I’ll admit it: Contrary to my usual positive, inquisitive approach to multiple sclerosis, I cried last December when my MS symptoms flared. I cried long and hard.
I remember returning home from work, my left leg stiff and weak, stride slowed, with nobody home but the dog and a very demanding cat, and it just poured out of me, the kind of sobbing thrust from the gut, deep and low. It kept coming and coming. I let it. I cried because nobody could hear me. I cried because I felt I hadn’t appreciated walking enough when I had the ability. I cried because I felt responsible for all of it.
“You did this to yourself. You don’t take care of yourself, and look what happens. Hello, slowness.”
I hadn’t eaten, had slept very little, and had stayed at work too long with more to catch up on later, which would now take longer to do because my gait was slower. My graceful and capable stride, recently loosened with a muscle relaxant, now dragged. If this pharmaceutical key to walking smoothly through an entire semester wasn’t enough to help me walk on this particular day, then I was certain there was little hope of moving swiftly or evenly again for a long time.
In essence, I was crying about what most people cry about: Losing the past and facing an uncertain future. Unless you’re a baby, and in that case you’re probably hungry, tired, or need your diaper changed. Wait — I was hungry. I was tired. And though incontinence was not a problem on this particular occasion, I do recall how I’d cried when I couldn’t make it to the toilet in time, the shame I felt for my body forgetting its potty training. Maybe I was just cranky. Maybe I was being a baby.
And so goes another turn of the Wheel o’ Blame: My fault for the flare-up, my fault for crying about it because I’m just a big baby. I deserve it. This, as I usually cover in my Medicine and Society classes, is a classic example of a cycle of patient guilt, blame, and shame, and I was doing it to myself. I should know better. Shame on me! Oh dear, there I go again. And I’ve nearly used up my lifetime allowance of exclamation points.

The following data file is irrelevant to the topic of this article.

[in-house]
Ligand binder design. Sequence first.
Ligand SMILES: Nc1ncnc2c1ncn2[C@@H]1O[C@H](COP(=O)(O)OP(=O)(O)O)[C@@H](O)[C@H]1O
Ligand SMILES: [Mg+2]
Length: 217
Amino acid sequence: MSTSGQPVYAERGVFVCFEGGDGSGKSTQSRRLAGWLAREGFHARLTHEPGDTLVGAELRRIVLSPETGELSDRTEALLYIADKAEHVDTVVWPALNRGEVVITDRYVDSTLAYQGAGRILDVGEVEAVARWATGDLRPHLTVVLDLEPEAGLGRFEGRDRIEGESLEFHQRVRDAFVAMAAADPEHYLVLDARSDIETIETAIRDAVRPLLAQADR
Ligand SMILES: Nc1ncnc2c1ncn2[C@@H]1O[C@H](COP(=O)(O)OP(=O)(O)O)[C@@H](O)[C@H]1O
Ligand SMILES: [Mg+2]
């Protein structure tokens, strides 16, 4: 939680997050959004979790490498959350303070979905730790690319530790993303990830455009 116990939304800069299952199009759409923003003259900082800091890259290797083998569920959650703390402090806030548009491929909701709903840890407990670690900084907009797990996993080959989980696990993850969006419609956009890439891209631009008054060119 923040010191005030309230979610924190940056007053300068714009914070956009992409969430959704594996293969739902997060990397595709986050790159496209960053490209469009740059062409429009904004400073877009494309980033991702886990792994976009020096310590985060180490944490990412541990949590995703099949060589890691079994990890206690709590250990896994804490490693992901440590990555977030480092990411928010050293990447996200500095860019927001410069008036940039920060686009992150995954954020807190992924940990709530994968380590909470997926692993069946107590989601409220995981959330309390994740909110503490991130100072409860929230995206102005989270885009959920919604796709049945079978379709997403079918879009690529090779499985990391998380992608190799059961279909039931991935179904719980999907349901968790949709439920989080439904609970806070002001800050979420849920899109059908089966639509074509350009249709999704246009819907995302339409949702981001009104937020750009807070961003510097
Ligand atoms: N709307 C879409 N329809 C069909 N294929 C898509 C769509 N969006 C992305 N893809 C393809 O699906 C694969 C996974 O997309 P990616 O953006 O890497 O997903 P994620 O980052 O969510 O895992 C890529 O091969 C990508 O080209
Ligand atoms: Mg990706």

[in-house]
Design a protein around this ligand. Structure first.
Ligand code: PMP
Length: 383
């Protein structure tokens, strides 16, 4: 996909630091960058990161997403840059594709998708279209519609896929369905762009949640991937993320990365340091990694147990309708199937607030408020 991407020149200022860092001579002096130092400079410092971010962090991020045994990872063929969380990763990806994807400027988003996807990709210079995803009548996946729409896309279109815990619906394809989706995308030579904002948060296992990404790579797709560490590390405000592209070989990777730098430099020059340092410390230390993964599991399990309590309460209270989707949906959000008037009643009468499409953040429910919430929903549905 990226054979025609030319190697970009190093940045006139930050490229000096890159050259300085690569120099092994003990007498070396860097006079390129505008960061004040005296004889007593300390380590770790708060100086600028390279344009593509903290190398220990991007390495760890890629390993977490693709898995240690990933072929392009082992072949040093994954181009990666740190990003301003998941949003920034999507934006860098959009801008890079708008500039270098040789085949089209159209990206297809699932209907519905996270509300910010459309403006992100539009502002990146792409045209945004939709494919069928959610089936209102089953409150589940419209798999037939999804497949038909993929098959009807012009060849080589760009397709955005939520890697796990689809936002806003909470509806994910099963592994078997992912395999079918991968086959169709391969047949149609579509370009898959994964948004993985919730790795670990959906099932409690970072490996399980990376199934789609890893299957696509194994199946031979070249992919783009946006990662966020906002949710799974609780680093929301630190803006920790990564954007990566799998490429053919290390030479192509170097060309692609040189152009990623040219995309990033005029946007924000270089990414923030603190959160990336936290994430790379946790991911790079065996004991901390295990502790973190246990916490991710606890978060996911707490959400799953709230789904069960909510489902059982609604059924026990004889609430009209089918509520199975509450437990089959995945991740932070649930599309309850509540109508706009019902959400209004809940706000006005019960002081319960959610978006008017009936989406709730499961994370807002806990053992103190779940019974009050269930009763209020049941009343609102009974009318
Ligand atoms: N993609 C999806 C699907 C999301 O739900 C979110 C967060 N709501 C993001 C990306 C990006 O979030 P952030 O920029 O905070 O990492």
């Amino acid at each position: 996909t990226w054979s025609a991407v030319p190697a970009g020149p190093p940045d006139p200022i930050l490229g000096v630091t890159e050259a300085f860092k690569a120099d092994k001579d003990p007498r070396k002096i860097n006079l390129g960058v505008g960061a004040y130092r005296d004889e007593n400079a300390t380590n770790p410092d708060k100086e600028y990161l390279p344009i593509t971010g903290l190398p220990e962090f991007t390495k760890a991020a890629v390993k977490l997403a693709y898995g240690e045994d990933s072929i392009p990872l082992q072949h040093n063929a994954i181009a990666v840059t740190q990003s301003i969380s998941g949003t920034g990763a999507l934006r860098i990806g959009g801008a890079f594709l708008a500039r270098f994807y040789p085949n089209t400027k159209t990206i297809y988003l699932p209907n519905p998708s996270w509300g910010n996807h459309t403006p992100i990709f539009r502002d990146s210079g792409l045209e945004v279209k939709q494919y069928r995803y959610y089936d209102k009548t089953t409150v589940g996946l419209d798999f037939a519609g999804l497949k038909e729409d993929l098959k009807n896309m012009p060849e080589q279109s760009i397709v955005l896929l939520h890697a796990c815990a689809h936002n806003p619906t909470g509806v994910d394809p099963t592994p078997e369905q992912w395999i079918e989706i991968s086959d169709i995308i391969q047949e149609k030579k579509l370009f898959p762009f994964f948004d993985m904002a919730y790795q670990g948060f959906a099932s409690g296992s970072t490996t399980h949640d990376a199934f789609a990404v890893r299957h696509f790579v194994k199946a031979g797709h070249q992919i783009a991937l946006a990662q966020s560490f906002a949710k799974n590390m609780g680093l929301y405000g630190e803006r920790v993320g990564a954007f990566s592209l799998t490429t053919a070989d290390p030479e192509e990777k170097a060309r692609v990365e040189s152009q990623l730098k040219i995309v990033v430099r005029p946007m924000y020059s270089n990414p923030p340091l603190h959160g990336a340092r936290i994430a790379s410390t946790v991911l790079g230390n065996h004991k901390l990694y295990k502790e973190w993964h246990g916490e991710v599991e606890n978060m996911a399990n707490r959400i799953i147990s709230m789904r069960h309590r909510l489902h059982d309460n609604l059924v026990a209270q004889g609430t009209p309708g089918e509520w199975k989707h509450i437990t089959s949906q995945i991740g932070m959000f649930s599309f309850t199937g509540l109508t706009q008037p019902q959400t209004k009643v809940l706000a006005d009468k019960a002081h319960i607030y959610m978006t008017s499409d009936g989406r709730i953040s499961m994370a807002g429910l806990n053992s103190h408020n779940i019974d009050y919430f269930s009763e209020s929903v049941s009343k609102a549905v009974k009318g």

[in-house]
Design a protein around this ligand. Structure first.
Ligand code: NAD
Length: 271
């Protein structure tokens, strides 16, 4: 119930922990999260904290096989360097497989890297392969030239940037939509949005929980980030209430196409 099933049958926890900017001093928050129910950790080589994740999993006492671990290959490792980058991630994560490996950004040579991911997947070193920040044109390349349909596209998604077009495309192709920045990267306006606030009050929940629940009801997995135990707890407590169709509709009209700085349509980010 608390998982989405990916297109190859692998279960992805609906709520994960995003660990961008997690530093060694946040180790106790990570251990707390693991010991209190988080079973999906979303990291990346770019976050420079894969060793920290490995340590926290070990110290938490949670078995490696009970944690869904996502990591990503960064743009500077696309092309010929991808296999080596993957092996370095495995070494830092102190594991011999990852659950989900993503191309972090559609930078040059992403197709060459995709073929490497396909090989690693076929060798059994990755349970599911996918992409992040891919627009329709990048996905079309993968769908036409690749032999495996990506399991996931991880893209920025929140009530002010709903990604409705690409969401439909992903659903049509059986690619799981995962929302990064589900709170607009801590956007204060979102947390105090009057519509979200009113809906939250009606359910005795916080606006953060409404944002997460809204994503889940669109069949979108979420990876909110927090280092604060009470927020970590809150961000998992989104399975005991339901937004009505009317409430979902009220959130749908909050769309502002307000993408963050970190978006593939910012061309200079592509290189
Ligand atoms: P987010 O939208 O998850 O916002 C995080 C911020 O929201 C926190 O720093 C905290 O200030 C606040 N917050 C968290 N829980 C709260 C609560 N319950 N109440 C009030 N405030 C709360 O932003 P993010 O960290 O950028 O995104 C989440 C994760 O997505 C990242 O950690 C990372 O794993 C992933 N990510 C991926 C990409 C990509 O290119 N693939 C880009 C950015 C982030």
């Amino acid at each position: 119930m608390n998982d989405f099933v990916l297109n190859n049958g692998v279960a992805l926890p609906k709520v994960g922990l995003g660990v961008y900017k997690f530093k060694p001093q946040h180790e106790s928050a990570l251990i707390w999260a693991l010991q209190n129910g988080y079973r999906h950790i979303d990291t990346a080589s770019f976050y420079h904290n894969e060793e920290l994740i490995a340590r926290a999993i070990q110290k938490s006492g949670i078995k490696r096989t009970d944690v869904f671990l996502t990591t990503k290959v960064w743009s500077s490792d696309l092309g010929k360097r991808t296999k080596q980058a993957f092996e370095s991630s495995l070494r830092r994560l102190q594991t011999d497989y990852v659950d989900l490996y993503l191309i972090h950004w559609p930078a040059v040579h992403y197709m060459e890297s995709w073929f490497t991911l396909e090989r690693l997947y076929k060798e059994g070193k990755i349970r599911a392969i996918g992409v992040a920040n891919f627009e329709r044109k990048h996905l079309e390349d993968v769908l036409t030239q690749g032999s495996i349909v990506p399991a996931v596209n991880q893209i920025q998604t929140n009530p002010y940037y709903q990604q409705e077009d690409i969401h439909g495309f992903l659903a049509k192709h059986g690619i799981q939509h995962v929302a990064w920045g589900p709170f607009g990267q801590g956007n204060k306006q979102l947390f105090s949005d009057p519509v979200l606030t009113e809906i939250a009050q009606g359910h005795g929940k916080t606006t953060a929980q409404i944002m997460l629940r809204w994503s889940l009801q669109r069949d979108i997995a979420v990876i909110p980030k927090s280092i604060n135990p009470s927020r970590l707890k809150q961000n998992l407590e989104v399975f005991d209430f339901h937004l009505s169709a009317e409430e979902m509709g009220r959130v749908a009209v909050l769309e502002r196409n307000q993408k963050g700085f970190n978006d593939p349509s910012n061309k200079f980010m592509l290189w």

It actually felt good to cry. When my husband came home, he listened to me, held me, and made us some tea. I let him take care of me, and also challenged him to help with travel plans I needed to arrange so we could see my parents for the holidays.
In the coming days, the kink in my stride turned out to be just that — a little wrinkle in a vast fabric, and my faster stride eventually returned. I won’t claim responsibility for that, though. Sure, I rested more and made lists and read drafts of student papers and plays and helped students and graded all the assignments and chased down assignments I couldn’t find and answered questions via email — all from the comfort of my own home and sleep pattern — but it’s really luck that pulled me through.
This was perhaps best demonstrated by the pink-eye I developed right before the holidays. I was not taking exceptionally good care of myself, and was clearly run down. Although, come to think of it, I now appear to be blaming myself for pink-eye. Well done, twice in one essay, Laurie! Take a bow. You are an exemplary patient and a walking contradiction.
I indeed kept walking, slowly at first, getting by for whatever reason and despite whatever reason, blessed to be able to walk and stand and grasp objects in hand and concepts in mind. For a while, my body had slowed, maybe telling me something, maybe not. Maybe it knew there were better days ahead.
Breaking the cycle of exclusion: Embracing cultural competence in physical activity research for people with MS
Cultural competence in research involves considering the culture and diversity of a population.
An MS diagnosis in college didn’t stop Téa from cheering for the NFL.